Cost                                                                                                                                                       Four prefilled syringes of 162 mg of Actemra without coverage would cost about $4500.00 a month in 2019 at Walgreen’s according to wellrx.com. It is similar in cost to Orencia. It is hard to assess insurance copays as they are different in the various insurance plans. There can be no generic drug for Actemra. The drug is made from a live cell not a chemical formula that can be duplicated. There is not a biosimilar for Actemra. A biosimilar is a drug that is made in a similar but not exact same way as the original. There are a few RA biologics that have biosimilars. The difference in cost is not huge.

History                                                                                                                                                Interleukin 6 (IL-6) and its receptor components were discovered and cloned by Japanese immunologist, Tadamitsu Kishimoto.  Dr Kishimoto was a successful pioneer in the field of cytokine research and was instrumental in the development of Actemra.

In 2005 Japanese Chugai Pharmaceuticals launched Actemra. Chugai is in an alliance with Roche(Switzerland) and  Genentech (USA). Actemra is sold by Chugai in Japan and Asia, Roche in Europe and by Genentech in the USA. In 2010 the FDA approved Actemra for rheumatoid arthritis. It was approved for children with polyarticular juvenile idiopathic arthritis in 2013 and systemic juvenile idiopathic arthritis in 2017. Both are forms of juvenile RA.

Action                                                                                                                                                              IL-6 is produced by synovial and endothelial cells in the joint  and contributes to the inflammatory process. Actemra is a humanized interleukin-6 receptor-inhibiting monoclonal antibody that suppresses the inflammation activity of rheumatoid arthritis. As a targeted drug, Actemra may be a magic bullet for someone suffering with rheumatoid arthritis.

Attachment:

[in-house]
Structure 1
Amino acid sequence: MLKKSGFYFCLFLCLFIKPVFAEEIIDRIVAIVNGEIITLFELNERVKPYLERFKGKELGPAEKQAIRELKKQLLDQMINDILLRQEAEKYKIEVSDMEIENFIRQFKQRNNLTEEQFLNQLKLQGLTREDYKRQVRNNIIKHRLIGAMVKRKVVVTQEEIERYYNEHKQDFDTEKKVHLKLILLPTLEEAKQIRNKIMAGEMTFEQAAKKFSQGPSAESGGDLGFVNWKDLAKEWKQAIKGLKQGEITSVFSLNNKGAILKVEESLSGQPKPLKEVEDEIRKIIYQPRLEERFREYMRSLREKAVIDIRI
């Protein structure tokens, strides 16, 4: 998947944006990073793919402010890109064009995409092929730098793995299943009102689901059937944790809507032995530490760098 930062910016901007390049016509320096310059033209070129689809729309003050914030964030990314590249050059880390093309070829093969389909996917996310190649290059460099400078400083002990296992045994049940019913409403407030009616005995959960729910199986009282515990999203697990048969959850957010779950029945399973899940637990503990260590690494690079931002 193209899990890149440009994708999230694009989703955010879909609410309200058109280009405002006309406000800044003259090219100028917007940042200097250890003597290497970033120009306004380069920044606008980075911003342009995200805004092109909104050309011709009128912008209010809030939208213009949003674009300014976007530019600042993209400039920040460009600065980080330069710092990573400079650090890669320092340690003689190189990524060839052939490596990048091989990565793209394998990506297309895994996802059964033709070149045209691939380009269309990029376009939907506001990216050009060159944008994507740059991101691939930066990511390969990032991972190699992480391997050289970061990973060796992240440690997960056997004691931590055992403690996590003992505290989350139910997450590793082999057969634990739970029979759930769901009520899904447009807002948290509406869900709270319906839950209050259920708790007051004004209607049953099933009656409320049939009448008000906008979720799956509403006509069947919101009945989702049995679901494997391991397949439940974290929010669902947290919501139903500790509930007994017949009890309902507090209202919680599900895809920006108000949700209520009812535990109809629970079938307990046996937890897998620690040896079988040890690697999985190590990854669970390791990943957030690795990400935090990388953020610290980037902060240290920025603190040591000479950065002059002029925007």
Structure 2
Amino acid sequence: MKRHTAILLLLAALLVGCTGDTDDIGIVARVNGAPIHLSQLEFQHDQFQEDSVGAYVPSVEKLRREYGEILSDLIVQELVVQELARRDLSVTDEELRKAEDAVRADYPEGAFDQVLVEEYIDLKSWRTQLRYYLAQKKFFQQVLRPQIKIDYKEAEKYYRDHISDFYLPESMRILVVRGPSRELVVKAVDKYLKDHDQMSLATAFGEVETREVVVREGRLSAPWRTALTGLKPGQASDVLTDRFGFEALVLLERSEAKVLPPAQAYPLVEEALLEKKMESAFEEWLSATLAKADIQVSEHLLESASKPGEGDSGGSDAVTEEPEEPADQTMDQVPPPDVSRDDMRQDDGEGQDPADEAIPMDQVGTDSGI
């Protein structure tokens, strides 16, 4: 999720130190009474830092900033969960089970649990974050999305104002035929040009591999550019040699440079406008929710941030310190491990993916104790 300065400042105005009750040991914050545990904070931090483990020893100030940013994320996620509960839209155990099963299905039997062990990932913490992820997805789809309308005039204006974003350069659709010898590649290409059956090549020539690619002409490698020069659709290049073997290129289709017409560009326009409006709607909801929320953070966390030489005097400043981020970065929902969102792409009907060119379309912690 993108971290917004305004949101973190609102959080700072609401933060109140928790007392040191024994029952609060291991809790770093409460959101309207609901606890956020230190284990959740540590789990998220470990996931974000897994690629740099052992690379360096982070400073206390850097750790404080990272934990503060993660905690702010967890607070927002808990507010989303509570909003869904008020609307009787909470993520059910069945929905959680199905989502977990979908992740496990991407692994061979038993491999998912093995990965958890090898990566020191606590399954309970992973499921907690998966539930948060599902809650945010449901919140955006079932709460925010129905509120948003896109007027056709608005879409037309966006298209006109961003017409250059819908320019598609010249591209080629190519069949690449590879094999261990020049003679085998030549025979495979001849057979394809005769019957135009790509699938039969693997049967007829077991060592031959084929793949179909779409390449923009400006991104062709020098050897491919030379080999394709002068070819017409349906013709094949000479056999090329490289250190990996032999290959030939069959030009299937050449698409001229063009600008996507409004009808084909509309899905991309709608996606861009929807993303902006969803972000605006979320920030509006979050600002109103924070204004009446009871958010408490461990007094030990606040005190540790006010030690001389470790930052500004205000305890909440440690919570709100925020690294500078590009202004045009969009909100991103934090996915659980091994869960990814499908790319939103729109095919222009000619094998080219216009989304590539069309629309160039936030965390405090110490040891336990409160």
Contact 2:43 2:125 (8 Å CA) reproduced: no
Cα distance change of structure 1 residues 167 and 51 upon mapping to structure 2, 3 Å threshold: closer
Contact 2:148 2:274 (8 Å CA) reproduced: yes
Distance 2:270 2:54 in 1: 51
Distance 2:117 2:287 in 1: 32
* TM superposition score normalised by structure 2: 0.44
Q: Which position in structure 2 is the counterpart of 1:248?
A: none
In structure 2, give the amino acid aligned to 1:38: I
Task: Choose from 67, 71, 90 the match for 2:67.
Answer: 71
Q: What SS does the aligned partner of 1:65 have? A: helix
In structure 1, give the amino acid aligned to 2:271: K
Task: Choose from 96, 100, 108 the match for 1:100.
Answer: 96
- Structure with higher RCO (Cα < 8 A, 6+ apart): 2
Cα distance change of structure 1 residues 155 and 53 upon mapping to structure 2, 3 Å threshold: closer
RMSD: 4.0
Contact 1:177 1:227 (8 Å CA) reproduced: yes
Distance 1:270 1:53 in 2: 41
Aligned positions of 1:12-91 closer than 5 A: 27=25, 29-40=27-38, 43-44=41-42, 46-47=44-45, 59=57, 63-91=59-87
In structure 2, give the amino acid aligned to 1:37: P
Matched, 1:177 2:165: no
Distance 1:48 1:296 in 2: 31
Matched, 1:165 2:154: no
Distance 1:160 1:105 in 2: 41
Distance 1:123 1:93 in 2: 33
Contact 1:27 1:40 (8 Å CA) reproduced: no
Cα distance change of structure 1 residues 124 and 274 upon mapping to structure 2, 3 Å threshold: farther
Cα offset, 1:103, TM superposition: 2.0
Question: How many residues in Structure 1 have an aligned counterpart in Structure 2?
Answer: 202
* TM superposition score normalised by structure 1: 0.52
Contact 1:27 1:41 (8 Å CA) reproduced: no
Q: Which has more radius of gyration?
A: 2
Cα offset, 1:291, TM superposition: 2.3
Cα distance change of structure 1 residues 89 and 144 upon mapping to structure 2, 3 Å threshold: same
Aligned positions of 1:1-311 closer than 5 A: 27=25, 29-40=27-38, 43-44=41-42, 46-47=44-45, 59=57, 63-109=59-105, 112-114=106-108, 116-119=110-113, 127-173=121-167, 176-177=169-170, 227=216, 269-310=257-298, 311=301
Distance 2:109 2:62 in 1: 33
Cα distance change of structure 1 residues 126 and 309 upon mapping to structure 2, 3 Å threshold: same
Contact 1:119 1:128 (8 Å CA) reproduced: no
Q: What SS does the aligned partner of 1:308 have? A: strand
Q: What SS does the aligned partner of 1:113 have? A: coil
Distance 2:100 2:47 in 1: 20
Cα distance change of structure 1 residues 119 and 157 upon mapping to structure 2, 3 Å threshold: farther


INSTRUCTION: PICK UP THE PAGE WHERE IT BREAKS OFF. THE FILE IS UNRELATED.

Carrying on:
Our immune system has many components. Various drugs have been designed to affect individual overactive factors in our immune systems. Actemra affects IL-6.  Humira and Embrel affect TNF (tumor necrosis factor). Orencia affects T cells. Rituxan affects B cells. Each are designed to suppress a particular overactive molecule in our immune system.

Do not be discouraged if one immunosuppressive drug doesn’t work for you. Try another.  It might work better. There doesn’t seem to be a test to determine which molecules in the immune system are causing an individual’s RA  or which biologic will work best.

It is good to review the package insert for the drugs you are taking. It looks more complicated than it is and worth the effort. The drug’s website also has helpful information about the drug.

RA biologics are magic bullets for many of us. But they come with serious cautions. It is a smart person who checks out the cautions and determines two things. First, she needs to determine what is her individual risk and what she will need to do to protect herself. Second, she needs to weigh her need for relief with the cost of the biologic and with the possible complications. Doctors recommend, but we need to determine what is the right choice for us.